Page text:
Filament storage part 16

With the bottom of the box done, time to cover the remaining bare foam on the front. The front is 1.75″-2″ wide so we’re talking applying glass tapes all around. To bond to the sides a loooong flox corner was needed all around the inside and outside, which required a lot of Dremel work to remove the foam and get bare glass everywhere. 

The box front uses flox corners all around the inside and outside, so there was a lot of foam routing needed.

It took a lot of flox, too. I think I mixed 7oz of epoxy before it was all filled. I used scrap BID and just kept cutting tapes and applying until I had two plies everywhere, and then added peel ply.

The layup is complete, including peel ply. There were a few small air bubbles against the flox, but not many.

That completed the main work on the box. At this point all the wiring for fans, heaters, and sensors can be added.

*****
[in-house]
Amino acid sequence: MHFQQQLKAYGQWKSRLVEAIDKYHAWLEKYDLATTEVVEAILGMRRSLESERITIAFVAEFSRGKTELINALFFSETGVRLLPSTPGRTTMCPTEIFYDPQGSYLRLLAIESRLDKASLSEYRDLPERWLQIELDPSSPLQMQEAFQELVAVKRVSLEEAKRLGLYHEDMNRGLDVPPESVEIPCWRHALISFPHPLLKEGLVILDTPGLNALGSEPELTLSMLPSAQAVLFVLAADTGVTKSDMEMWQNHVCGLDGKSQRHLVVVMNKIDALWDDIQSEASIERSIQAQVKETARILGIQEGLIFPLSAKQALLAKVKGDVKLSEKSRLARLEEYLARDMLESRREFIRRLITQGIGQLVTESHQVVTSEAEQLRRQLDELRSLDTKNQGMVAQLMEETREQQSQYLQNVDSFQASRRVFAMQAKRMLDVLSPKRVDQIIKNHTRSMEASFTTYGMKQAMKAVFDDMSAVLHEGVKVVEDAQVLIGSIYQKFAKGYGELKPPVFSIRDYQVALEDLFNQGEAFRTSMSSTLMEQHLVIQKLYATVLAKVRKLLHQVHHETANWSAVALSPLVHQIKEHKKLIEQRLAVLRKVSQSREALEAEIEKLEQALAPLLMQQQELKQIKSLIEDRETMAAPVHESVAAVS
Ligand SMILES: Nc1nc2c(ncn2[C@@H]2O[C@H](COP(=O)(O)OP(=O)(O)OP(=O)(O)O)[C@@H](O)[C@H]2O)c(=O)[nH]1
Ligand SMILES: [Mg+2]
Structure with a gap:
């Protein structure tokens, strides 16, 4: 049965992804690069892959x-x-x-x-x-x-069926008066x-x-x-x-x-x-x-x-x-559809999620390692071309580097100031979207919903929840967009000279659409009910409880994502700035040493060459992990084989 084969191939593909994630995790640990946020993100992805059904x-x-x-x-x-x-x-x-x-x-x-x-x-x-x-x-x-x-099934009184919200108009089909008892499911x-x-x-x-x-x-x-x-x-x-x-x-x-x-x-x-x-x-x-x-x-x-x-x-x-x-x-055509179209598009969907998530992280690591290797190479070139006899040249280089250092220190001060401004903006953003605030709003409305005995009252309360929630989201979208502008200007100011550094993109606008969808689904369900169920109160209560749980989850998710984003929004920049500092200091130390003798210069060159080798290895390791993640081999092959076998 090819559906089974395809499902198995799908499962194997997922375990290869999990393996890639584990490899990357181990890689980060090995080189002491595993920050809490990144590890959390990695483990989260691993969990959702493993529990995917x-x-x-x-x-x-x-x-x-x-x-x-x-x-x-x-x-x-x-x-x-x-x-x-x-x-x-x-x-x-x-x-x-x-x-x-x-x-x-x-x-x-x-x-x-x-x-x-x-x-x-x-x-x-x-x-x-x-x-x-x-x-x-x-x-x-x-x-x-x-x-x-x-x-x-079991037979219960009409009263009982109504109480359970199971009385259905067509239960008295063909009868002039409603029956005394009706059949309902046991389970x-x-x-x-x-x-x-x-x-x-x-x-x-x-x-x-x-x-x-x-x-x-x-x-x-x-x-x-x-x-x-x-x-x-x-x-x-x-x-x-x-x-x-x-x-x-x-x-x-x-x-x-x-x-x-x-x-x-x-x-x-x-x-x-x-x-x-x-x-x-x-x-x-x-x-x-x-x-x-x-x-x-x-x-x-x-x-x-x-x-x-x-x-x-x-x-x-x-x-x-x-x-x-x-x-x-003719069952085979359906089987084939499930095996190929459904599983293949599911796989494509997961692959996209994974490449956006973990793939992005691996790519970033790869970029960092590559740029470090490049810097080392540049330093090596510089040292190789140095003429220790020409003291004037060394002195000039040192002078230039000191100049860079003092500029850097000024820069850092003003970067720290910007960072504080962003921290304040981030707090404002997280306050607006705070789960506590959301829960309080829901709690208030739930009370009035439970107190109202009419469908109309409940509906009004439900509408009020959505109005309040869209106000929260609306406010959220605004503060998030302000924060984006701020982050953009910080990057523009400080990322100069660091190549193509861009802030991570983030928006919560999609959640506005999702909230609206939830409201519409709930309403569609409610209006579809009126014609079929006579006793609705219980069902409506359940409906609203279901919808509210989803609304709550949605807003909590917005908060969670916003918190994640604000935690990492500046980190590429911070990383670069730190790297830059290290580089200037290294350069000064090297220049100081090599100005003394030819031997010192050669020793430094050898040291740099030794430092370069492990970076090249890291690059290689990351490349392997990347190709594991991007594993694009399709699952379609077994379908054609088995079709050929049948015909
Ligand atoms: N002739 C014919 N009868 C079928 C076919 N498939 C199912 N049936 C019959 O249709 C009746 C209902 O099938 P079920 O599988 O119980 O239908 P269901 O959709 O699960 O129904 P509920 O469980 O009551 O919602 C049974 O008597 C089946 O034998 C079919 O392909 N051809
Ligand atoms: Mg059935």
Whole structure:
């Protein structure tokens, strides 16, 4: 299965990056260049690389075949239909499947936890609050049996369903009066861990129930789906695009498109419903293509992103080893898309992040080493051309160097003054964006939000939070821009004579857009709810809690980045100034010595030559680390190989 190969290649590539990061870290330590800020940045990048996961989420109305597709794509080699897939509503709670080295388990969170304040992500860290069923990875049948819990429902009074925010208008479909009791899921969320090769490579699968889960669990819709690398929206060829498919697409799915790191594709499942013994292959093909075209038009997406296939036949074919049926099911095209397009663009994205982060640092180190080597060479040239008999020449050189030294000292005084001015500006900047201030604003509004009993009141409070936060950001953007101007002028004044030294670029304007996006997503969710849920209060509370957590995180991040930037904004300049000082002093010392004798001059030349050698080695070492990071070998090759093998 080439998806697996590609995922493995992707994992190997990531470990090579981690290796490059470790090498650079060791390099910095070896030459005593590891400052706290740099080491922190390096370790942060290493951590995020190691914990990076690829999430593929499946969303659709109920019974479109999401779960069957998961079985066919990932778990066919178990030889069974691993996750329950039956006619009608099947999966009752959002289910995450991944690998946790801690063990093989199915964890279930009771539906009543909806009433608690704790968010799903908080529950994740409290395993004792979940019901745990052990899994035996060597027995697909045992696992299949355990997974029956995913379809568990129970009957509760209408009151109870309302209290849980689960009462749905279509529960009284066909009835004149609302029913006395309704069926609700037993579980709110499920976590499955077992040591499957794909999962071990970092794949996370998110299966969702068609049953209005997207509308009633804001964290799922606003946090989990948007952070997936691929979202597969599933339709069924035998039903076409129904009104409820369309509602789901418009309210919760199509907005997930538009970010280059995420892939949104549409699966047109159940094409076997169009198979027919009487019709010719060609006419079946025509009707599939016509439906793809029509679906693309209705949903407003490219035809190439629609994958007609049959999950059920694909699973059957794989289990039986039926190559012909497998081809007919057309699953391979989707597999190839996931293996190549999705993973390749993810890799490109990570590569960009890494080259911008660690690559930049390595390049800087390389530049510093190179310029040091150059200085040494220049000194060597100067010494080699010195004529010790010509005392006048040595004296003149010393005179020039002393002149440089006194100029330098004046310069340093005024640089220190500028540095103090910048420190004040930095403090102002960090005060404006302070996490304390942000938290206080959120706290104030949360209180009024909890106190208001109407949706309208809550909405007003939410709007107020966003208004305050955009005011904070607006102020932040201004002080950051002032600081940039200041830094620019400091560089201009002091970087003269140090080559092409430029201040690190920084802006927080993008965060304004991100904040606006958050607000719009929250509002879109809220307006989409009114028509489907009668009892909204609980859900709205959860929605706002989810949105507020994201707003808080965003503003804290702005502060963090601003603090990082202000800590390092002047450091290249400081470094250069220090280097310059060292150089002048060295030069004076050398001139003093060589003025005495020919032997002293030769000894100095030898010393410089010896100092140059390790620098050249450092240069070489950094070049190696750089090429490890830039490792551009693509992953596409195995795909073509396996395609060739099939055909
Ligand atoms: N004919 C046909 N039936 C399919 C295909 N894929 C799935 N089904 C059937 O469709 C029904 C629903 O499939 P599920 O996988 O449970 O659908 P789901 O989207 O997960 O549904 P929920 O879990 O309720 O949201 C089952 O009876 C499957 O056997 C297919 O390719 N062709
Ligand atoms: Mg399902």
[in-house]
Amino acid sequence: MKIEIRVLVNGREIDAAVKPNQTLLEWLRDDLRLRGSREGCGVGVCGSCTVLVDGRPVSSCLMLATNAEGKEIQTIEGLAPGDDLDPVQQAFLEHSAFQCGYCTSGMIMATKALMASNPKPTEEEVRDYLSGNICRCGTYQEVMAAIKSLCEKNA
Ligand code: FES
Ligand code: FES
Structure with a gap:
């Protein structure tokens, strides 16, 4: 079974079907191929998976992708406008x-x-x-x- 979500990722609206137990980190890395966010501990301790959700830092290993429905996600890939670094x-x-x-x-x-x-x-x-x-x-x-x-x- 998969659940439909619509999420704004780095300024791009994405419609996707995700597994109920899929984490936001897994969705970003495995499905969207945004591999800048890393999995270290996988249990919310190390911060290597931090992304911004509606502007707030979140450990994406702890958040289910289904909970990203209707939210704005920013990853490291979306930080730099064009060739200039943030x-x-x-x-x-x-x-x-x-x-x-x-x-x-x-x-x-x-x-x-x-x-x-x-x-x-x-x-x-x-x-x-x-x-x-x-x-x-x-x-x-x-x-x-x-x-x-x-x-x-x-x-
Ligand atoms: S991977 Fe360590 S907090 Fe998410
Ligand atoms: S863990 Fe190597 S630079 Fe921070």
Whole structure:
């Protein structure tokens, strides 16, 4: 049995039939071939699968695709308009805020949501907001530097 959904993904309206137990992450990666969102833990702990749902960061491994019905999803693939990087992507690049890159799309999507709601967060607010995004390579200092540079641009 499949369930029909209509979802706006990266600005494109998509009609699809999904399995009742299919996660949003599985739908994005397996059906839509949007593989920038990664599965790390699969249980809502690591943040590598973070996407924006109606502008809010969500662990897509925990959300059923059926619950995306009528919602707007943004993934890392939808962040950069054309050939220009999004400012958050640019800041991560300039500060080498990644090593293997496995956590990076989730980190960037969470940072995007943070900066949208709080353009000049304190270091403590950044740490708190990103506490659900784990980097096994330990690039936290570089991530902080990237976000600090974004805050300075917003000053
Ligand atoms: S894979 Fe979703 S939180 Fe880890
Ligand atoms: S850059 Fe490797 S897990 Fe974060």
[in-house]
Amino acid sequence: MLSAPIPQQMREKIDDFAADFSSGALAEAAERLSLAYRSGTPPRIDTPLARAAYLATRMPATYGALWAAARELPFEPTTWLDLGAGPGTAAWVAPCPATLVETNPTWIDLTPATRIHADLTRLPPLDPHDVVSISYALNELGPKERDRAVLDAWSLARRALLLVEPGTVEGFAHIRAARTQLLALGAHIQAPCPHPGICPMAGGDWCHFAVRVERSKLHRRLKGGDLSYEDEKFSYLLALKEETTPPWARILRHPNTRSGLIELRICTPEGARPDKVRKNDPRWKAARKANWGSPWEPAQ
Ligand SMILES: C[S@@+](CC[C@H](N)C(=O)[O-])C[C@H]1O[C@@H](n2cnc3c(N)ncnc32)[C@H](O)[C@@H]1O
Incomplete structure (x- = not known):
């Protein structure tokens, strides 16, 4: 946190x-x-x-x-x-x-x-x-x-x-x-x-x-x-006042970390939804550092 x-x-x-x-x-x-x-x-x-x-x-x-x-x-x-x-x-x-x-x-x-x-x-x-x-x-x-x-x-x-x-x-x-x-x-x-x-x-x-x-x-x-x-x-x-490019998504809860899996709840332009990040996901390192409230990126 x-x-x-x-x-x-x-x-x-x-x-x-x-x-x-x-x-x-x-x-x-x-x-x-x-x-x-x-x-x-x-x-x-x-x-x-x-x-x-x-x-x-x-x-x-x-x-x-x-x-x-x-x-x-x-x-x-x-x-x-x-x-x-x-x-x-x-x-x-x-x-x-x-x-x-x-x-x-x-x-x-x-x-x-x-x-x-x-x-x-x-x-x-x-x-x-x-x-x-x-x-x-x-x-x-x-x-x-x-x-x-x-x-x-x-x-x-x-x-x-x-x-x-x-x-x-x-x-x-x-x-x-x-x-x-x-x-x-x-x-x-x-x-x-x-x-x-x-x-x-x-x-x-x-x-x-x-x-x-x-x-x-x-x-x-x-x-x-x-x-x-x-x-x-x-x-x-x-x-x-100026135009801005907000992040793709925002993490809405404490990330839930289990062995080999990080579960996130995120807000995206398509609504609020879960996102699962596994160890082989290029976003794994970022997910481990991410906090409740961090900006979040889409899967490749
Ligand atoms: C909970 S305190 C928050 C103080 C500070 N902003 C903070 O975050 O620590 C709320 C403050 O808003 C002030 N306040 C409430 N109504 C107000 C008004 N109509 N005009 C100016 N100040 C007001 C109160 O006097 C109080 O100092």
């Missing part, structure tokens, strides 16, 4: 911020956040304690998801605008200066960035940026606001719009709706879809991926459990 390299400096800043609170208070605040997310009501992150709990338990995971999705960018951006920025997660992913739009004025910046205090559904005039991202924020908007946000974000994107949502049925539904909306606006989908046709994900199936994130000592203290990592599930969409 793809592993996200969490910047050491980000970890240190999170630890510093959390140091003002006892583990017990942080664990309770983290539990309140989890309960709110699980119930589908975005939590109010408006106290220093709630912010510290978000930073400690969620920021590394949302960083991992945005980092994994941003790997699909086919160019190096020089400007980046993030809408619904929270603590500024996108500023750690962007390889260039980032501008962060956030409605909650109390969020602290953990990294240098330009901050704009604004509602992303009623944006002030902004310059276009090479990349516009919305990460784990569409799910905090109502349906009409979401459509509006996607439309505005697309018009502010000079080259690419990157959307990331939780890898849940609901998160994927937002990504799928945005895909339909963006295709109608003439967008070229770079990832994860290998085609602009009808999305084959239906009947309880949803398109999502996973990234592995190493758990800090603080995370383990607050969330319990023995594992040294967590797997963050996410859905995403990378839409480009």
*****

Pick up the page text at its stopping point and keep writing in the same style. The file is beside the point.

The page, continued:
The lid also needs to be fabricated, though. This consists of two blocks of foam, which were cut and sanded so one fits into the opening and the other makes a flange that matches the perimeter. After a lot of sanding, these were joined together with micro and weighed into place.

The box lid uses two pieces of foam, one for the inset and one for the flange.

 Once the micro has cured, the lid will get two layups, one for the outside and one for the inside. Then we’re finally done with all the fiberglass work.



    • Yes, basically. 112 bucks!?!? I can build one cheaper than that!

      If I could find one that had a built-in dehumidifier, I would have gotten one in a heartbeat. But the market for dehumidified beer coolers seems small.

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